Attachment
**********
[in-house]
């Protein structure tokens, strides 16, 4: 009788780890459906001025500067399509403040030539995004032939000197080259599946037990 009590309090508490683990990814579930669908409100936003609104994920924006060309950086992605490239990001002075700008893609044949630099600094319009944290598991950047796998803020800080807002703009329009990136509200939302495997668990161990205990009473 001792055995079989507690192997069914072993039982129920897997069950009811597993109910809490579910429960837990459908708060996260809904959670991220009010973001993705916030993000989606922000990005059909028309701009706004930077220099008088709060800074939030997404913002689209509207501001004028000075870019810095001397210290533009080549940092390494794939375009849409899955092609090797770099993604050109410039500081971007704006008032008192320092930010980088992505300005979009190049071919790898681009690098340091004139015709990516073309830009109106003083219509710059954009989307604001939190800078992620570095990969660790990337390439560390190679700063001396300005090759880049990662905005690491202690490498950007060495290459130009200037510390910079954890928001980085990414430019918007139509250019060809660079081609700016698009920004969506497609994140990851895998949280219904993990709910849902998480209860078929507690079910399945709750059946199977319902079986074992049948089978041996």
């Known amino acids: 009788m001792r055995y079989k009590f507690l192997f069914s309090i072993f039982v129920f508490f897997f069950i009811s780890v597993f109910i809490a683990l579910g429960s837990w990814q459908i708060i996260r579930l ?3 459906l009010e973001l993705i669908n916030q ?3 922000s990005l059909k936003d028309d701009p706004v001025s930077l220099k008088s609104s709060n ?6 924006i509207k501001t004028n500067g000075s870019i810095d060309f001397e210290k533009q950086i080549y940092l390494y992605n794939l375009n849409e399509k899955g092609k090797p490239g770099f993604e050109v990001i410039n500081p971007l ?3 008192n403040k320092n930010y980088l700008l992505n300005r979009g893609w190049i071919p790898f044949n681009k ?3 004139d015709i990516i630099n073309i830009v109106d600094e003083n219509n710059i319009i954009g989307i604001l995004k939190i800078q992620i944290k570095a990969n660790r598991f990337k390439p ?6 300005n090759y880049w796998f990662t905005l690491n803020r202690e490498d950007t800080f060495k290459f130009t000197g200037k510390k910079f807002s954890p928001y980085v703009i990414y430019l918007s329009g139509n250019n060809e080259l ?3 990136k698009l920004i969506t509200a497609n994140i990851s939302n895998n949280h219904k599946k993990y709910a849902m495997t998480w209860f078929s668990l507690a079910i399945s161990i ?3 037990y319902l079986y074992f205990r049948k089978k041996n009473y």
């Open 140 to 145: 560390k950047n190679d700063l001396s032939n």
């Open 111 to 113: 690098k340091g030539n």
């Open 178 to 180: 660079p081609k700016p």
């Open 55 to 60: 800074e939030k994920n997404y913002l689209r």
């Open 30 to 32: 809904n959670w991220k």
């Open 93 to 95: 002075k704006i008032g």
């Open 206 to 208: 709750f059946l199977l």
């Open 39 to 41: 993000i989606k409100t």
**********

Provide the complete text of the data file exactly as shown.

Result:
[in-house]
């Protein structure tokens, strides 16, 4: 009788780890459906001025500067399509403040030539995004032939000197080259599946037990 009590309090508490683990990814579930669908409100936003609104994920924006060309950086992605490239990001002075700008893609044949630099600094319009944290598991950047796998803020800080807002703009329009990136509200939302495997668990161990205990009473 001792055995079989507690192997069914072993039982129920897997069950009811597993109910809490579910429960837990459908708060996260809904959670991220009010973001993705916030993000989606922000990005059909028309701009706004930077220099008088709060800074939030997404913002689209509207501001004028000075870019810095001397210290533009080549940092390494794939375009849409899955092609090797770099993604050109410039500081971007704006008032008192320092930010980088992505300005979009190049071919790898681009690098340091004139015709990516073309830009109106003083219509710059954009989307604001939190800078992620570095990969660790990337390439560390190679700063001396300005090759880049990662905005690491202690490498950007060495290459130009200037510390910079954890928001980085990414430019918007139509250019060809660079081609700016698009920004969506497609994140990851895998949280219904993990709910849902998480209860078929507690079910399945709750059946199977319902079986074992049948089978041996």
């Known amino acids: 009788m001792r055995y079989k009590f507690l192997f069914s309090i072993f039982v129920f508490f897997f069950i009811s780890v597993f109910i809490a683990l579910g429960s837990w990814q459908i708060i996260r579930l ?3 459906l009010e973001l993705i669908n916030q ?3 922000s990005l059909k936003d028309d701009p706004v001025s930077l220099k008088s609104s709060n ?6 924006i509207k501001t004028n500067g000075s870019i810095d060309f001397e210290k533009q950086i080549y940092l390494y992605n794939l375009n849409e399509k899955g092609k090797p490239g770099f993604e050109v990001i410039n500081p971007l ?3 008192n403040k320092n930010y980088l700008l992505n300005r979009g893609w190049i071919p790898f044949n681009k ?3 004139d015709i990516i630099n073309i830009v109106d600094e003083n219509n710059i319009i954009g989307i604001l995004k939190i800078q992620i944290k570095a990969n660790r598991f990337k390439p ?6 300005n090759y880049w796998f990662t905005l690491n803020r202690e490498d950007t800080f060495k290459f130009t000197g200037k510390k910079f807002s954890p928001y980085v703009i990414y430019l918007s329009g139509n250019n060809e080259l ?3 990136k698009l920004i969506t509200a497609n994140i990851s939302n895998n949280h219904k599946k993990y709910a849902m495997t998480w209860f078929s668990l507690a079910i399945s161990i ?3 037990y319902l079986y074992f205990r049948k089978k041996n009473y």
């Open 140 to 145: 560390k950047n190679d700063l001396s032939n």
């Open 111 to 113: 690098k340091g030539n």
């Open 178 to 180: 660079p081609k700016p």
């Open 55 to 60: 800074e939030k994920n997404y913002l689209r």
């Open 30 to 32: 809904n959670w991220k």
């Open 93 to 95: 002075k704006i008032g």
């Open 206 to 208: 709750f059946l199977l």
């Open 39 to 41: 993000i989606k409100t």